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- The late introduction of Shizuku in Candy Boy, with her Big Sister Worship of Yukino and slight Sibling Rivalry with Kanade, really shakes up the twins' dynamic.
- In One Piece, Luffy and Ace are revealed to not be related, and have a third Blood Brother named Sabo. In their youth, he was the physical midpoint of the three, and was The Spock in their three man band. The story is told entirely through flashback, as Sabo is assumed dead and thus a Posthumous Character. His death, and Ace's subsequent death complicates every previous interaction between Luffy and Ace, their current situation, and all those that would follow. Additionally, Ace's tattoo and Luffy and Ace's relationships with their True Companions take new significance. In a cover, it is shown that had Sabo lived, the three would be together, and to cement this "Good Future", Ace's tattoo loses its meaningful misspelling. It becomes further complicated when it's revealed that Sabo survived the incident that supposedly took his life, and has been in hiding for the last twelve years, apparently as a member of the Revolutionary Army. While undoubtedly a heartwarming revelation, it becomes Harsher in Hindsight when one realizes that Ace died without ever knowing that his other brother was alive. And even moreso because Sabo had amnesia the whole the time, only remembering his life with Ace and Luffy upon learning of Ace's death...at which point he collapses in tears because he wasn't there to even attempt to save his brother.
- Yu-Gi-Oh!: In the anime, the Virtual World Filler Arc stars Noah Kaiba, the previously-unknown biological son of Seto and Mokuba's adoptive father. He has an enormous grudge against Seto and wants to take away everything he has—including Mokuba, who he kidnaps and brainwashes into thinking Noah is his only brother. The brainwashing doesn't hold, but after Noah has a Heel–Face Turn Mokuba says that he's family.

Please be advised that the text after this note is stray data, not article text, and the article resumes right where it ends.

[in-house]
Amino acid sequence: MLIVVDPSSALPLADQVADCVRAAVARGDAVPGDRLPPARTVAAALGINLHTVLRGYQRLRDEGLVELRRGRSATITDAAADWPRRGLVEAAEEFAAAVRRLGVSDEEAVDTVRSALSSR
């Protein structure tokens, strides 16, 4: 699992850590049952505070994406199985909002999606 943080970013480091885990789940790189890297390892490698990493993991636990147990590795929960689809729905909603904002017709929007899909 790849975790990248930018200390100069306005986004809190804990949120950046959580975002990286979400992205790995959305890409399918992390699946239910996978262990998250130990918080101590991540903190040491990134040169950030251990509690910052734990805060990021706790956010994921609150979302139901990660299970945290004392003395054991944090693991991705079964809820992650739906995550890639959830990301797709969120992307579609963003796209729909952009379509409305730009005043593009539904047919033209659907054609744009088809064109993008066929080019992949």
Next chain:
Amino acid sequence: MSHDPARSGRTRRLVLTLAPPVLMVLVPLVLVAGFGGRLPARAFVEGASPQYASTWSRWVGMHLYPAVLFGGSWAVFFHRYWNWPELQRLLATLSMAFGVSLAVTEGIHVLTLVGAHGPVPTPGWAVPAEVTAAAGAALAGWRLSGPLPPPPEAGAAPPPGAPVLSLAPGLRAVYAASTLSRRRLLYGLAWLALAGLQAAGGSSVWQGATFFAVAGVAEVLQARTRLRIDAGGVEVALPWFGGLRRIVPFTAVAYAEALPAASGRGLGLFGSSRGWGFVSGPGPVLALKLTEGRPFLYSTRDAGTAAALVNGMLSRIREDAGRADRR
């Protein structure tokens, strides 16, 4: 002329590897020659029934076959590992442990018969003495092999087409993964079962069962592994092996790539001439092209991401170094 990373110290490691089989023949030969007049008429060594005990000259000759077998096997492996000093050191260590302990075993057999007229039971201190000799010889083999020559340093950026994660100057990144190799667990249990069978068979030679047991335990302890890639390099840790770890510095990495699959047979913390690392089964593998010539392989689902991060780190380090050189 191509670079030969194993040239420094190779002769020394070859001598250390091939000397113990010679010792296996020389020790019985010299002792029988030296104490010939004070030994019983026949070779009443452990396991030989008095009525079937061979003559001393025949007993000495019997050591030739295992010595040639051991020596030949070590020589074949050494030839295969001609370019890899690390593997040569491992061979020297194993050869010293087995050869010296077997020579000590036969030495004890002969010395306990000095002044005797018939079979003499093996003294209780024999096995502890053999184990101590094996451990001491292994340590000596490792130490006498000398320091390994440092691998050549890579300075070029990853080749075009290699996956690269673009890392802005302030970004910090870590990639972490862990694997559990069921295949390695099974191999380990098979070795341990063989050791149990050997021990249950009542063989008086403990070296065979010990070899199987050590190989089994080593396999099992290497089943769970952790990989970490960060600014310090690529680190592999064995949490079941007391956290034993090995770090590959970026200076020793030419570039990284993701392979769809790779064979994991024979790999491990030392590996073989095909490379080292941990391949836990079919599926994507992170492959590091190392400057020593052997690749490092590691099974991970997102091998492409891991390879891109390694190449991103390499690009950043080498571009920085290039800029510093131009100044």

- Played about as straight as it can be with Cain (the Big Bad), Abel (The Hero), and Seth from Trinity Blood.
- In X-Men, a slip up by Mr. Sinister introduced an example. As explained on the Tangled Family Tree page, Scott Summers was introduced as an orphan, then met and established a relationship with his brother Alex. This lasted for quite some time, before Sinister hinted that there was at least one more brother out there. After a lot of plot changes and Word of God statements, the brother was set as Vulcan, a supervillain emperor. But of course, given that Sinister never gave a specific number (he merely said "brothers"), any or all of the other implied candidates could still also be Summers brothers.
- Some continuities of The Mighty Thor include Balder as the Seth to Thor's Abel and Loki's Cain, though as far as their father Odin's concerned, Balder is the only "Abel" there, with both Loki and Thor viewed as reckless and wayward sons.
- Damian Wayne, the latest Robin, is this in spades. He's the youngest Robin ever, has a massively abrasive personality and is the only Robin to actually be a blood relative of Batman (much to the discomfort of Dick Grayson and Tim Drake, who are adopted sons of Batman).